• Suppose cheese and chalk are two commodities that you are in the habit of buying. If I steal some of your cheese or some of your chalk, I leave you worse off than you were, and if you gain some of either your lot is improved. Now suppose if you have $20$ units of cheese and $30$ units of chalk, you are just as well off as if you have $50$ units of cheese and $20$ of chalk. If $f(x,y)$ is your utility of $x$ units of cheese and $y$ of chalk, then the level set of $f$ passing through the two points just described could have any of many shapes; this is an "indifference curve". Discovering these curves is an empirical matter, not a matter of mathematics, and economists have found that in realistic situations they may have any of many shapes. None of that is a mathematical theorem; rather it is an empirical finding. But now suppose if you invest your wealth in a certain way, then the probability distribution of the amounts of cheese and chalk you will have next February 30th is thus-and-so, but if you invest your wealth in another way, you have a different probability distribution. Suppose you are indifferent between those two probability distributions. Now we state a "theorem":

    The indifference curve between your two equally valuable probability distributions must be a straight line.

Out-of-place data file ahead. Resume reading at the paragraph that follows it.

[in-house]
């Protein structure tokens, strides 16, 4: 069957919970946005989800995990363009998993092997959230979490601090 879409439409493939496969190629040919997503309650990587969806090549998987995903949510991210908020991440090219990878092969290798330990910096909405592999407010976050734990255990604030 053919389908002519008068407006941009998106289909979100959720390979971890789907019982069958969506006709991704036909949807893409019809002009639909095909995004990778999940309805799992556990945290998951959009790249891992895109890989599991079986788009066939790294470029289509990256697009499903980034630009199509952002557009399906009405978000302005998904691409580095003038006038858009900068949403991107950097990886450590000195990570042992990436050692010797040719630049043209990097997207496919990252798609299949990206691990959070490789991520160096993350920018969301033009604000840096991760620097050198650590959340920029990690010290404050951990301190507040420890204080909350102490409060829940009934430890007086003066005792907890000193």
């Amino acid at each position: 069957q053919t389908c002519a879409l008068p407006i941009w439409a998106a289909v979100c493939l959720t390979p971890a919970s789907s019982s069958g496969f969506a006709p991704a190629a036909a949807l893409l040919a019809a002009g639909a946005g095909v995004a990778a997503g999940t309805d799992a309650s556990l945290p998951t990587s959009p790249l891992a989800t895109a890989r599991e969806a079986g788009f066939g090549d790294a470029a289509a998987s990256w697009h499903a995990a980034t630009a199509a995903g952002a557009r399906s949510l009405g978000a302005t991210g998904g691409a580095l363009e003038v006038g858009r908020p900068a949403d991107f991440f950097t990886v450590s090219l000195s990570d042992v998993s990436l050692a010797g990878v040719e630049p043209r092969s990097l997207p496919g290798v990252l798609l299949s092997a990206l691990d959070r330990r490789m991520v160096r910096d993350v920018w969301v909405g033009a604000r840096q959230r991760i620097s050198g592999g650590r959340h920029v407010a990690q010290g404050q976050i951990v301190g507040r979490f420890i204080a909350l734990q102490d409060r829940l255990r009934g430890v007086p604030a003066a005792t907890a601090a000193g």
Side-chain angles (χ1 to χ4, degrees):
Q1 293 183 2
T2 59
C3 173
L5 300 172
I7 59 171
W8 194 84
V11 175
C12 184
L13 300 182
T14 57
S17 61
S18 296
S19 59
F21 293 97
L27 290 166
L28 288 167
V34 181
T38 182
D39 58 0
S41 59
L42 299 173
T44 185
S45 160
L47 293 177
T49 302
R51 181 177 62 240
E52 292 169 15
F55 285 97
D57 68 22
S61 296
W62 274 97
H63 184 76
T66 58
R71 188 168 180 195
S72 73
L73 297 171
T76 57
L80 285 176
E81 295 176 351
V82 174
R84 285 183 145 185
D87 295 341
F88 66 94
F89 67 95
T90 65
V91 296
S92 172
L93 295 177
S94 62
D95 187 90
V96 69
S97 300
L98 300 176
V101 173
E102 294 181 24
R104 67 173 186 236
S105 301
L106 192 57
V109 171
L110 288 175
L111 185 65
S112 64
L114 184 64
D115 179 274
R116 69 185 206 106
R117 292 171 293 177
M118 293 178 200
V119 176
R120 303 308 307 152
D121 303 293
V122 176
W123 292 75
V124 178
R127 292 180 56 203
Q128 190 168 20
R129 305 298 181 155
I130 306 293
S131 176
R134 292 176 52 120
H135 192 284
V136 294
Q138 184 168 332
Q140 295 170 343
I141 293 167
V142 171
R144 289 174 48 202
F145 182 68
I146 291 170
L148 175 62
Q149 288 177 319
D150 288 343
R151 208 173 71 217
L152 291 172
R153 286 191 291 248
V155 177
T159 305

Proof: Since you are indifferent between them, you don't care if I throw dice to decide which one you get. Therefore any weighted average of the two distributions has the same utility as either of them. Q.E.D.

Why should we regard these "theorems" and "proofs" as belonging within mathematics rather than being located in some other region of the intellectual realm? To which I reply: Because only an understanding of mathematics can make it possible to understand them.

This is not a position of which I am convinced, but I do think the foundations of the subject are not as well understood as many feel they are.

Questions: Do such examples bear upon the question of where the boundaries of the discipline are?

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    $\begingroup$ The first example is my own. For the second I am indebted to Leonard Jimmie Savage. $\endgroup$ – Michael Hardy Oct 24 '17 at 19:23